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First Look: The Lane in Upper Arlington

Walker Evans Walker Evans First Look: The Lane in Upper Arlington
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The first residents of The Lane Apartments are moving into completed units starting today, marking another milestone on this mixed-use project that also includes a Homewood Suites hotel, office space, retail and restaurant space, and a multi-story parking deck.

Stephen Brothers-McGrew, Marketing Manager for The Lane developer Crawford Hoying, says that around 30 percent of the units have already been pre-leased since that option became available in June. Prominent amenities at the development include a community courtyard, fitness center and easy walking access to the Shops on Lane Avenue, which includes a recently renovated Whole Foods grocery store.

Check out the photos below for a first look inside the new residential units.

For ongoing news and discussion on The Lane, CLICK HERE to visit our messageboard.

More information can be found online at www.thelaneapartments.com.

 

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8 Responses to First Look: The Lane in Upper Arlington

  1. columbusmike November 1, 2013 9:57 am at 9:57 am

    Now if the parking lot across the street could just get in-filled in some spots and add a small pocket park, it would be a real, walkable “downtown”.

    Like this:
    https://lh5.googleusercontent.com/-SI_04WRW250/TufZ4YV4Y0I/AAAAAAAAOjE/-Na3TyFEKUM/s1280/Shops%2520on%2520Lane.jpg

  2. Geno99 November 1, 2013 9:59 am at 9:59 am

    I’ve driven by these once or twice and each time I’m a little surprised by the fact that they are there. They really drastically change the whole sense of Upper Arlington (U.A.)

    Does anyone else find it a little ironic that cities like U.A. & Dublin are suddenly embracing density and trying to look more like Columbus?

  3. Walker Evans
    Walker November 1, 2013 10:23 am at 10:23 am

    I don’t think it’s ironic. It really makes sense for a lot of reasons. UA is land-locked, so they have no where to grow but upward. Dublin is looking to attract a demographic that it currently doesn’t have, and are building to accomodate.

    Regardless of their reasons, it’s great news for those communities and for the region.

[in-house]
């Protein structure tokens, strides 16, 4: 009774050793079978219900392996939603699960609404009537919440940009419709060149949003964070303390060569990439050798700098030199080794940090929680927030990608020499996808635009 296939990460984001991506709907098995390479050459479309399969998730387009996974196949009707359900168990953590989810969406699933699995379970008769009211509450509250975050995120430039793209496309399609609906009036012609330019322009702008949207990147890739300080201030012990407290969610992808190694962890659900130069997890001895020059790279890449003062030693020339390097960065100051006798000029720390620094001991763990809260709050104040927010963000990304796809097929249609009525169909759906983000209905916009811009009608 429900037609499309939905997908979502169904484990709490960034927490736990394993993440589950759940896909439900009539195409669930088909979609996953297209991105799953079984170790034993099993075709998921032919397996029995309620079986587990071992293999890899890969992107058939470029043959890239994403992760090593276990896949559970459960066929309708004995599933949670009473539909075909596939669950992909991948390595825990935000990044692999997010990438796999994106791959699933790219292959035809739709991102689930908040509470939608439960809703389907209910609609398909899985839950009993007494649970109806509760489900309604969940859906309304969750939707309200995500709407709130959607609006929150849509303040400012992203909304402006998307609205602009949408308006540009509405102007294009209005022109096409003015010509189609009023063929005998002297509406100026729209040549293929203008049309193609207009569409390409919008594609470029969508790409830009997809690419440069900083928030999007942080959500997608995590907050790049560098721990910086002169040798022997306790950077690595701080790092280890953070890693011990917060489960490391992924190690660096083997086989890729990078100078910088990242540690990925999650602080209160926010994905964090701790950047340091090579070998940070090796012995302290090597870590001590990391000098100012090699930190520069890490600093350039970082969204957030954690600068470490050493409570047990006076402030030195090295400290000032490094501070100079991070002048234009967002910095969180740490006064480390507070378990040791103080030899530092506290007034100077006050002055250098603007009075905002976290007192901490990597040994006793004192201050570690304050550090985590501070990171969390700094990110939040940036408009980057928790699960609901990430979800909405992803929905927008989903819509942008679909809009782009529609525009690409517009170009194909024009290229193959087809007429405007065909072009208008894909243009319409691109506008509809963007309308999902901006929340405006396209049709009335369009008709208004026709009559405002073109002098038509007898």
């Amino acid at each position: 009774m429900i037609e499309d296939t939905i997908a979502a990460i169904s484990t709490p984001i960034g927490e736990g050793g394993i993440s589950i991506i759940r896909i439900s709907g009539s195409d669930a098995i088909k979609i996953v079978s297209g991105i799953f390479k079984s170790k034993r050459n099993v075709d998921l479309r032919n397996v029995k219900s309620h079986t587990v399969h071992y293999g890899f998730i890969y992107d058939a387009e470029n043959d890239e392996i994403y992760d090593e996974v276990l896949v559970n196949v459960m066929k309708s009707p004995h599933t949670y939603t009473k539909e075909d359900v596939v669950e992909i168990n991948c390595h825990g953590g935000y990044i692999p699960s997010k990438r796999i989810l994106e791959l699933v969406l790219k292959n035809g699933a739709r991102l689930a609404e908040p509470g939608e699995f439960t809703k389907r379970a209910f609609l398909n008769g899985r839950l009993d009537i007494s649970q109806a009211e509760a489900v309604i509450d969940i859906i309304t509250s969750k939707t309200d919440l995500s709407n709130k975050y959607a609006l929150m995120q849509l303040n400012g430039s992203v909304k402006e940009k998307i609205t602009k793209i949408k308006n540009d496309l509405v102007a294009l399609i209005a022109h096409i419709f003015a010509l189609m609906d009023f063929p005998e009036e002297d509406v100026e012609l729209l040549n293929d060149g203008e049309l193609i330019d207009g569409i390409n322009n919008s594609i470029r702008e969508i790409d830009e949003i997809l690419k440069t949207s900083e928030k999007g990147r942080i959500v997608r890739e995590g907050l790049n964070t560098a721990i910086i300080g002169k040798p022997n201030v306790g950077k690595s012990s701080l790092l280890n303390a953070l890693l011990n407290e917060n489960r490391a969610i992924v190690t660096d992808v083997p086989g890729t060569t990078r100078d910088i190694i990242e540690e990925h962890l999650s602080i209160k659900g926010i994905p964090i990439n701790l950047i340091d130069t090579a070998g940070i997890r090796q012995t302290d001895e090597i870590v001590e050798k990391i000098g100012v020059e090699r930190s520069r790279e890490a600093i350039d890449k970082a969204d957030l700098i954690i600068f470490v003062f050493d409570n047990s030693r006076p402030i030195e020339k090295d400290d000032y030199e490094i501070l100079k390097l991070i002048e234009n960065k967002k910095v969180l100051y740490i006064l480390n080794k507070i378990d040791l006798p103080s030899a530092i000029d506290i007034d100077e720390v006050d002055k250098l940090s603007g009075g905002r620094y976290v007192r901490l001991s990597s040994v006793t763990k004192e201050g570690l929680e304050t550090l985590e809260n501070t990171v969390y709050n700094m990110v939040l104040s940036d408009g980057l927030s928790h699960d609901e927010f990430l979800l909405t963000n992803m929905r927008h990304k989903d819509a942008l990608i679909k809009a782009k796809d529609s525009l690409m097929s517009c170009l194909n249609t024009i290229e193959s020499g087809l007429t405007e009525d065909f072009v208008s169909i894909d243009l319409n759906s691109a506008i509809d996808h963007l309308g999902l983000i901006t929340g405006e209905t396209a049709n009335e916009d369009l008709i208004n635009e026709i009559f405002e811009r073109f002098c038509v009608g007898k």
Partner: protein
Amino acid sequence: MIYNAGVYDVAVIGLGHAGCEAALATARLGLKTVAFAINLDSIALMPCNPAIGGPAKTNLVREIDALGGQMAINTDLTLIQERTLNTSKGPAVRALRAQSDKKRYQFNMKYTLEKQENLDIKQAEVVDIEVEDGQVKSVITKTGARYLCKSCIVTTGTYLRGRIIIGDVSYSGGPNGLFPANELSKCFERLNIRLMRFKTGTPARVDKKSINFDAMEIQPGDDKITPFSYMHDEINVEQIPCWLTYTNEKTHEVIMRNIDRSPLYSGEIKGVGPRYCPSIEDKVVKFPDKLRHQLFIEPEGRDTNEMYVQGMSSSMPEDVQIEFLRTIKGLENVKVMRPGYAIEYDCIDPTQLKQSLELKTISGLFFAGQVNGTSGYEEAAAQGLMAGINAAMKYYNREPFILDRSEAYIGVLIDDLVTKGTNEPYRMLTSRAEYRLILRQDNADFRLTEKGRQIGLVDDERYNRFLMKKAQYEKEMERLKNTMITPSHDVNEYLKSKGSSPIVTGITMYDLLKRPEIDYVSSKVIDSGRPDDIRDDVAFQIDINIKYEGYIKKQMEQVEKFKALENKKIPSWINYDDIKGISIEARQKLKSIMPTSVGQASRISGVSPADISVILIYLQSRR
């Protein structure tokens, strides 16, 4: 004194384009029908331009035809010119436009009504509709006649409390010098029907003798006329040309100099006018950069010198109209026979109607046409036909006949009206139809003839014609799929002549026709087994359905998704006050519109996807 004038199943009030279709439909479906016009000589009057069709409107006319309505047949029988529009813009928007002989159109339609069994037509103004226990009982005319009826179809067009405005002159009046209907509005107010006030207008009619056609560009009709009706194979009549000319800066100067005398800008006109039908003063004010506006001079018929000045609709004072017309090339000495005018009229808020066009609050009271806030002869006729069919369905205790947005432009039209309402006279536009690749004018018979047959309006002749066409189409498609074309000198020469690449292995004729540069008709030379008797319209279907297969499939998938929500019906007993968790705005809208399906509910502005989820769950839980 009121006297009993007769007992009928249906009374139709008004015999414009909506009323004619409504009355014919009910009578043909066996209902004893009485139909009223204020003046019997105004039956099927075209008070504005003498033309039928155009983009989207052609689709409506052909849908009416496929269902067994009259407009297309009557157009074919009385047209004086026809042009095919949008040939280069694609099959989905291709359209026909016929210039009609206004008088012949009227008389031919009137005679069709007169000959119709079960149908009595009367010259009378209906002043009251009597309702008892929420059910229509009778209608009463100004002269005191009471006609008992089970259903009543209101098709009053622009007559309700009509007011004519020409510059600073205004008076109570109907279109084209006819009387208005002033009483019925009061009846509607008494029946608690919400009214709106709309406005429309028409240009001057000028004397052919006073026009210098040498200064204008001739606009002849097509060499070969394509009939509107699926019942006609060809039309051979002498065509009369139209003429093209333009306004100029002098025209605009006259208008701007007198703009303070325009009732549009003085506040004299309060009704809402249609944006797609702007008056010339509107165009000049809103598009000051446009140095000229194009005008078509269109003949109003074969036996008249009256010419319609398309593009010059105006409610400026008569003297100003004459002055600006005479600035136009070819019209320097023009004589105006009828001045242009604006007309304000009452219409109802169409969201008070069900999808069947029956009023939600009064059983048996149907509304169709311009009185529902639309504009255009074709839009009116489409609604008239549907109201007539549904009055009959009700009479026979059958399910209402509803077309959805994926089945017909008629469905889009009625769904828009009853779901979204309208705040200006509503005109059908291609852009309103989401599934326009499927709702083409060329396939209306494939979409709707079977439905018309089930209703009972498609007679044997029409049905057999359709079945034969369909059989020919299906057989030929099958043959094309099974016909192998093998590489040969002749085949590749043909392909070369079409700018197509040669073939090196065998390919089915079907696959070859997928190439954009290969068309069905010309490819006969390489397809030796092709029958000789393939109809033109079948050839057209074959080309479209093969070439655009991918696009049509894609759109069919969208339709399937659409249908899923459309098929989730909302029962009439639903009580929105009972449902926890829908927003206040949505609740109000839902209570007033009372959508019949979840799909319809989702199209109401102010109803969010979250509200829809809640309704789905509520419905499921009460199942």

4. Geno99 November 1, 2013 10:55 am at 10:55 am

    Fair enough, it does make sense for them. I thought there was irony in that both cities deliberately zoned themselves into the situation they’re in, if you think about it.

  5. Pablo
    Pablo November 1, 2013 10:58 am at 10:58 am

    Walker – I can’t tell from the photos, but is the courtyard a rooftop garden above the parking garage? If it’s rooftop, is it real grass or is it artificial turf? We’ve considered using field turf (similar to a football field) in this type of application. You don’t have to worry about watering the lawn nor do you have to haul a lawn mower onto the roof.

    Overall it’s a nice project and a great addition to Lane Ave.!

  6. Eugene_C November 1, 2013 11:09 am at 11:09 am

    Back when Upper Arlington was being built there were still a lot of people living in cities. So they were providing a different choice. Now there are plenty of suburbs and they’re offering more choice again. Dublin has a little less excuse, I chalk it up to inertia and the temporary cul-de-sac insanity of the 80s and 90s, but the pendulum still really hadn’t shifted back toward urban living yet, either, when Dublin exploded, but started to reach the end of its swing just as they were at peak growth. It was more bad timing on their part.

  7. Walker Evans
    Walker November 1, 2013 11:19 am at 11:19 am

    @Pablo – Yes, the courtyard is a few levels up (two or two-and-a-half stories) and completely separated from street sight-lines, making it very oasis-like. The grass is an artificial turf, which provided a very nice green color on a dreary gray day like yesterday. ;) The turf also seemed to have some real strong sound-absorption qualities too… very quiet in that courtyard. Like all of the echo was sucked out of it.

  8. Eugene_C November 1, 2013 11:32 am at 11:32 am

    Artificial turf is a good choice. Typically low-water xeriscaping is used on roofs, but it’s not “attractive” in the traditional way and is not as durable if people are going to be walking on it.

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